Monday, July 18, 2005

Swede's Eye View

The second interview with Mark Styen, by John Hawkins of Right Wing News was as phenomenal as the first. It was conducted via email. In it, Mr. Styen made many astute points, however, one in particular struck me:

John Hawkins: For the time being, the European public seems to have turned against the idea of creating a "United States of Europe." Do you think the wishes of the European public will be respected, will they change, or do you think Europe's elites will push on for a united Europe regardless of what the people want?

Mark Steyn: What we're likely to end up with is backdoor piecemeal imposition of the bulk of the European Constitution. The EU’s so-called "democratic deficit" - the remoteness of the unaccountable unelected governing class - is, as they say, not a bug but a feature. It was set up that way because, after the massive popularity of Nazism and Fascism, the post-war European elites decided that it was necessary to build institutions that restrain the will of the people rather than express it. In the long run, that's merely a more leisurely and scenic route back to where they came in.

It was upon reading this that the situation in Europe began to make sense to me: the structure of the EU & the strident opposition to it by the populace. Therefore, despite not being of John Hawkins caliber, I decided to do my own interview, via email, with a blogger from Sweden, Fredrik, who is much smarter at his age of nineteen than I ever was. As he was kind enough to tolerate me & answer my queries, I have gained much insight into the condition of Europe & the sources of its anti-Americanism. I am confident that you will find his replies to be as thought provoking as I did.

NYgirl: Fredrik, do you agree with Mark Steyn on his views of the democracy deficit in the EU & it's reasons? Is Europe, in general, more wary of democracy than America? What about Sweden?

Fredrik: I most certainly do, EU's democratic deficit is enormous and I really can't understand why Brussels is so surprised that the constitution was rejected. For ONCE EU citizens where allowed to have a say on the EU and answer was quite obvious. The U.S. is in many ways a democratic role model and Europe has plenty to learn, in Sweden for example our influence over larger issues is basically zero. We've had some 7-8 referendums for the last hundred years, which pretty much tells you how our democracy works. We have our say every four years, the same party wins and things go on as usual. Europe might have given the world the word "democracy" but we haven't grasped the concept as much as we should. I've never really felt that Europeans are more different than Americans, it's just that Americans where blessed by their founding fathers whereas Europe wasn't.

NYgirl: Do you think that the party based system common throughout Europe contributes to the disfranchisement of Europeans? It seems to me that voting for a party rather than a person offers more opportunities for political monopolization. Also, do you believe that the socialist economy, with its intimate ties between the state & private sectors, plays a role in this deficit? Have you noticed a difference following the inception of the Internet? Have there been any Rathergate type incidents in Europe?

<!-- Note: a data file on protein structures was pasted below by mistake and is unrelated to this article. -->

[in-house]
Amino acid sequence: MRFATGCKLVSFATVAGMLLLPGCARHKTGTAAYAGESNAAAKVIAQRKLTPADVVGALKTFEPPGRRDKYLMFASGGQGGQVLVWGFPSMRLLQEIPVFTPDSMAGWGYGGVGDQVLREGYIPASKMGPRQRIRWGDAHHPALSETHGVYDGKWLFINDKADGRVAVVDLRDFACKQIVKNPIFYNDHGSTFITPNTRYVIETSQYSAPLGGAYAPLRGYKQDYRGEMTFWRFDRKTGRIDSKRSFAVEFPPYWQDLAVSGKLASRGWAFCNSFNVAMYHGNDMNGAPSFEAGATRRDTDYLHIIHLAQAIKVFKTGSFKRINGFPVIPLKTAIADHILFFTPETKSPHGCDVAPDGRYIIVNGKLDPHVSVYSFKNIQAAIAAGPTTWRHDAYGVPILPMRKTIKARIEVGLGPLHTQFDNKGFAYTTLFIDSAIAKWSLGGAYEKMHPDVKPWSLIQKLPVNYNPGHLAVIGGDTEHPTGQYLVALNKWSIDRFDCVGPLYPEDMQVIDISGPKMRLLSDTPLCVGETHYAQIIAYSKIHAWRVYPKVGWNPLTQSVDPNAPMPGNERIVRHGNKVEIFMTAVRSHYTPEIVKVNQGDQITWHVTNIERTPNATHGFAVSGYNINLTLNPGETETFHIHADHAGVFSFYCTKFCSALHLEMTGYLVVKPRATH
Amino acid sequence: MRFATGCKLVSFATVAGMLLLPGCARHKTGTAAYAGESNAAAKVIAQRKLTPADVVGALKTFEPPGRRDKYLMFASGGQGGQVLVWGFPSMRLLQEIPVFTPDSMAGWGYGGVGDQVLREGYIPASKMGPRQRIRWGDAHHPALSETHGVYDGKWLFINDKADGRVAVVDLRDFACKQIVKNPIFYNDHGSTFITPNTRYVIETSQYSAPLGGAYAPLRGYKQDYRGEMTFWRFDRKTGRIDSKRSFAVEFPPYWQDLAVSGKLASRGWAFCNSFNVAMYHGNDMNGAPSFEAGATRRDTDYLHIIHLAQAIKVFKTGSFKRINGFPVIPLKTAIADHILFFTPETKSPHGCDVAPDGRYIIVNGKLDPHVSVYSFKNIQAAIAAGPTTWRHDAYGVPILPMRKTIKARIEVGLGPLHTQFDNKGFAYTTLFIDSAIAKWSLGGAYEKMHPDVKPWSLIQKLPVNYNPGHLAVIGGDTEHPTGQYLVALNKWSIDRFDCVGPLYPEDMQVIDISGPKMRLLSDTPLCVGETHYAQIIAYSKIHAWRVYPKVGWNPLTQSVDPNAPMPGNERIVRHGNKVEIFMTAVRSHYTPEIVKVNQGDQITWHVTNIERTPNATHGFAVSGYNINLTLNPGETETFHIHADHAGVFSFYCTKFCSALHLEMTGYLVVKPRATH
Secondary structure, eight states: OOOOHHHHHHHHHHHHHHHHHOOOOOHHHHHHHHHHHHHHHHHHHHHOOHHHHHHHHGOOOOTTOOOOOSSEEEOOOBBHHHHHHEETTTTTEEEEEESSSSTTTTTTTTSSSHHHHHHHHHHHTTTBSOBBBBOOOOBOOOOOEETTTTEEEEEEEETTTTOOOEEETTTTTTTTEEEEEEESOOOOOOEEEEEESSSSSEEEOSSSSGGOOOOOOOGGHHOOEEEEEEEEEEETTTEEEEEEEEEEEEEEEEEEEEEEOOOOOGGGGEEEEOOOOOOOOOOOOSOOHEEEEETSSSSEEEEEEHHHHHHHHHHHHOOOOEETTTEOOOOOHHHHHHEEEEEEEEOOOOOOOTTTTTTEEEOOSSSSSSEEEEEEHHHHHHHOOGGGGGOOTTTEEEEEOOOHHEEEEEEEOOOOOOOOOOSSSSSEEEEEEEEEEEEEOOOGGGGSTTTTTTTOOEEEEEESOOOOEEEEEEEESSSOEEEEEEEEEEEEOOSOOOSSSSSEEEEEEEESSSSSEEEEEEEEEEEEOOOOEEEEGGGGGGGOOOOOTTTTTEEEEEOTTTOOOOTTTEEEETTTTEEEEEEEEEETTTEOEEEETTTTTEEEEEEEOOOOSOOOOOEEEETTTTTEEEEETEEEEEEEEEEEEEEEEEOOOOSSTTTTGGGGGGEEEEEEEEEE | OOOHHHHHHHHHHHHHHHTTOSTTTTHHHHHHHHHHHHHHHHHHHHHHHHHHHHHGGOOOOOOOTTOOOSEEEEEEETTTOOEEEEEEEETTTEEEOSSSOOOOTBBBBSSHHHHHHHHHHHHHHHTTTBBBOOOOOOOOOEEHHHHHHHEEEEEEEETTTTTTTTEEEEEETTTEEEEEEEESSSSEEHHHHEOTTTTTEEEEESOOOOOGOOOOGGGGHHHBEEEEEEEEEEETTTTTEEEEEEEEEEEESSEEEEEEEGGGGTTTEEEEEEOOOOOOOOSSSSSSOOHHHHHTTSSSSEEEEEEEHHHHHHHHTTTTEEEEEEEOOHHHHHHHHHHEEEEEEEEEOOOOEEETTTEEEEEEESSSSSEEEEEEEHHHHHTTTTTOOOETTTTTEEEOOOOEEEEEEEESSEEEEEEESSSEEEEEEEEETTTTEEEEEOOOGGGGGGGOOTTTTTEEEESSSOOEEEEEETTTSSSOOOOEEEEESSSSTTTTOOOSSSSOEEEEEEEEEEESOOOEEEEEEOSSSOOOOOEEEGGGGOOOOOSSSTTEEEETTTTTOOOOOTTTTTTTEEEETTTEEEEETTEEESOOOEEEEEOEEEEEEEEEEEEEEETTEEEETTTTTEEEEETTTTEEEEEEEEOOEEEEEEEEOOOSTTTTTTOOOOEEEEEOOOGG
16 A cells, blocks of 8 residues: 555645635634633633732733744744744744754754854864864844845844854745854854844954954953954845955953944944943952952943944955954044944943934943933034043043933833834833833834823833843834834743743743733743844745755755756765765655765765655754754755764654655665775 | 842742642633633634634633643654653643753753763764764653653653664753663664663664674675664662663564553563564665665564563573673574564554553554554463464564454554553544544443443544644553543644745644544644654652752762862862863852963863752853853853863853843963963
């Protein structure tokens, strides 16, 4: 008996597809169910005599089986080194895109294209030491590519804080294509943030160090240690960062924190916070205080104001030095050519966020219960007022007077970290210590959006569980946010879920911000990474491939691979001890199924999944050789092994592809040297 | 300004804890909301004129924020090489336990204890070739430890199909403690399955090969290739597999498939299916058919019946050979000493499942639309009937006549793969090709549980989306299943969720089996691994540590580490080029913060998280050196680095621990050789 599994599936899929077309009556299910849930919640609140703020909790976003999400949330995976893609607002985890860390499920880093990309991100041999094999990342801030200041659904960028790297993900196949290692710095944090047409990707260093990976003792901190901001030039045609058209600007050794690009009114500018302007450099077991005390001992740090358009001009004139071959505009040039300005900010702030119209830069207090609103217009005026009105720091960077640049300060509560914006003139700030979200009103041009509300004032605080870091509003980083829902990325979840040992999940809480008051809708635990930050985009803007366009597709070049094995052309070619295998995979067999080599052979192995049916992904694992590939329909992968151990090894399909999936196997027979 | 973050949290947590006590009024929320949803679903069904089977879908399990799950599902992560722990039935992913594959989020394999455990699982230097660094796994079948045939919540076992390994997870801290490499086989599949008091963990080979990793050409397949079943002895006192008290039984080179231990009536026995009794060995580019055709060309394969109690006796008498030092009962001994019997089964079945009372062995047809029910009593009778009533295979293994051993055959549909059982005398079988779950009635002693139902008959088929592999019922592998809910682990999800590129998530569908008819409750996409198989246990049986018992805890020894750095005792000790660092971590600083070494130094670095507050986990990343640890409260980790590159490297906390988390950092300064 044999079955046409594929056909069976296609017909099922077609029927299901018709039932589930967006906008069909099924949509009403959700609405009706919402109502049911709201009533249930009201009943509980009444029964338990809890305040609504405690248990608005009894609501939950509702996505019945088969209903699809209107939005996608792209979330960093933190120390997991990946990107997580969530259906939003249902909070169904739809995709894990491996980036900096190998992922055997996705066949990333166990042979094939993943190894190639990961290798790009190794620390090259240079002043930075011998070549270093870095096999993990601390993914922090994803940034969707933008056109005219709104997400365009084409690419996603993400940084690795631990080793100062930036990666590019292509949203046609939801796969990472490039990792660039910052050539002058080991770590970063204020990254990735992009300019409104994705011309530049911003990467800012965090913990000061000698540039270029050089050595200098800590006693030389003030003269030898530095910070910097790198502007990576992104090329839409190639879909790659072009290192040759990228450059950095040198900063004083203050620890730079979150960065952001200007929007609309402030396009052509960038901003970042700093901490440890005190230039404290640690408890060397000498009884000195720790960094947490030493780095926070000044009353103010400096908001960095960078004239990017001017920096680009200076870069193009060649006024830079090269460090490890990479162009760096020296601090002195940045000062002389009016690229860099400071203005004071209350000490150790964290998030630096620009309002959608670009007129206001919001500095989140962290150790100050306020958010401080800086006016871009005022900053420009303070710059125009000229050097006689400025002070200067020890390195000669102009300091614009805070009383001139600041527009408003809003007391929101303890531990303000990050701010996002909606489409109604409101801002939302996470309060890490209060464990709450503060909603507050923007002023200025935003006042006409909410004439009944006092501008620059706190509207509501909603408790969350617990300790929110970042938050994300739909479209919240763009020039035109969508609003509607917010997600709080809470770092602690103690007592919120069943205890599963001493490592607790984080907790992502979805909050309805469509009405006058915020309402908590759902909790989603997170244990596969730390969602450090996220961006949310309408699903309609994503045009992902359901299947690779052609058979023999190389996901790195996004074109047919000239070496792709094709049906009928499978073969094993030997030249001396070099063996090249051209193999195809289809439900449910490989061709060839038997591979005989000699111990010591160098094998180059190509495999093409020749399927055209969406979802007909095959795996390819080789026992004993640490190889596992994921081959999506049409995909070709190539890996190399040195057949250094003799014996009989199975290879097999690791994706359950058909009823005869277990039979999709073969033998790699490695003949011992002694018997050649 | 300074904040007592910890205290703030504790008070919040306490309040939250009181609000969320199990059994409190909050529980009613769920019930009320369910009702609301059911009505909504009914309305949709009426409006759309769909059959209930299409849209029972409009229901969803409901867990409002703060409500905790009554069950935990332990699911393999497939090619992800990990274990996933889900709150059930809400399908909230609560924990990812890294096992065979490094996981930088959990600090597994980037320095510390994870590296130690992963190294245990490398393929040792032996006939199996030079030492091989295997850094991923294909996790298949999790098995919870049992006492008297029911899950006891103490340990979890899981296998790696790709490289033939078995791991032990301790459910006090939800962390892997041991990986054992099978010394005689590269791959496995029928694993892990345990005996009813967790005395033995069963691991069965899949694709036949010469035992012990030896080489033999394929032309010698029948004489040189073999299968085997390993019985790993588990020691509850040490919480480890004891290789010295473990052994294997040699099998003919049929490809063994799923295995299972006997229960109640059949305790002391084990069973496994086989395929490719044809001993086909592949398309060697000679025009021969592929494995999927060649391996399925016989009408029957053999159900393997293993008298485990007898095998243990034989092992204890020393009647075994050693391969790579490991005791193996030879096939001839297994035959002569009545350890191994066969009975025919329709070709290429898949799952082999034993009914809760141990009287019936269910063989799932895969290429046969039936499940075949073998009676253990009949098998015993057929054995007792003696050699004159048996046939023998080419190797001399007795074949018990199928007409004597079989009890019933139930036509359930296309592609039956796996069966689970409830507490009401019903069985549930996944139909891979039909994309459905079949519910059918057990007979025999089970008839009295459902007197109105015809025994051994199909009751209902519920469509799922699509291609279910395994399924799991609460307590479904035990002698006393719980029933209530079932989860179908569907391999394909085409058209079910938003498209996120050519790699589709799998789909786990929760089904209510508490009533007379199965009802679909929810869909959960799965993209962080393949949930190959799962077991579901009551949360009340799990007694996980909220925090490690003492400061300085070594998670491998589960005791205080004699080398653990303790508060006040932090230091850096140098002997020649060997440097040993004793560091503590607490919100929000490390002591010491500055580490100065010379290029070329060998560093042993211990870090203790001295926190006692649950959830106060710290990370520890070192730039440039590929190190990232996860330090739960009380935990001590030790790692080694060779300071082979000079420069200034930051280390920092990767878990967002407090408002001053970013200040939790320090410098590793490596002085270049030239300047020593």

Fredrik: Well, it's kind of a joke to hear MPs argue since their opinions rarely matter. I've always believed that individuals, not parties, should be given the final call, the power to make decisions. In our parliament they follow orders (this tradition is mostly common on the left) and they rarely object. So you're right, it undermines the democratic process, which indeed is sad. As for the socialistic economies, well, Europeans in general are heavily regulated with few rights against the state so it's not just the economy. It's the overall attitude we have against politics, which I blame socialism for. I don't believe the European model is anything worth saving, whereas I also see that the U.S. has its problems. The main difference is that the U.S. has been a democracy for a lot longer and your experience with the democratic system is far more delicate. Europe is a democratic region, we are, but there is plenty of stuff we could do to improve what we have. The "social model" is the first thing I would like to abolish for example. As for Rathergate type of incidents, there most certainly have been thousands of them but we don't have the same tradition as you have. Most and foremost European media rarely treat facts with much decency. You should have been here during the November election. The European media WAS A PART OF KERRYS CAMPAIN! It was a disgrace, terrible and so utterly wrong to do so, but still none cared, everybody hated Bush just because. No good reason is given - they simply use the word hatred to make things simple.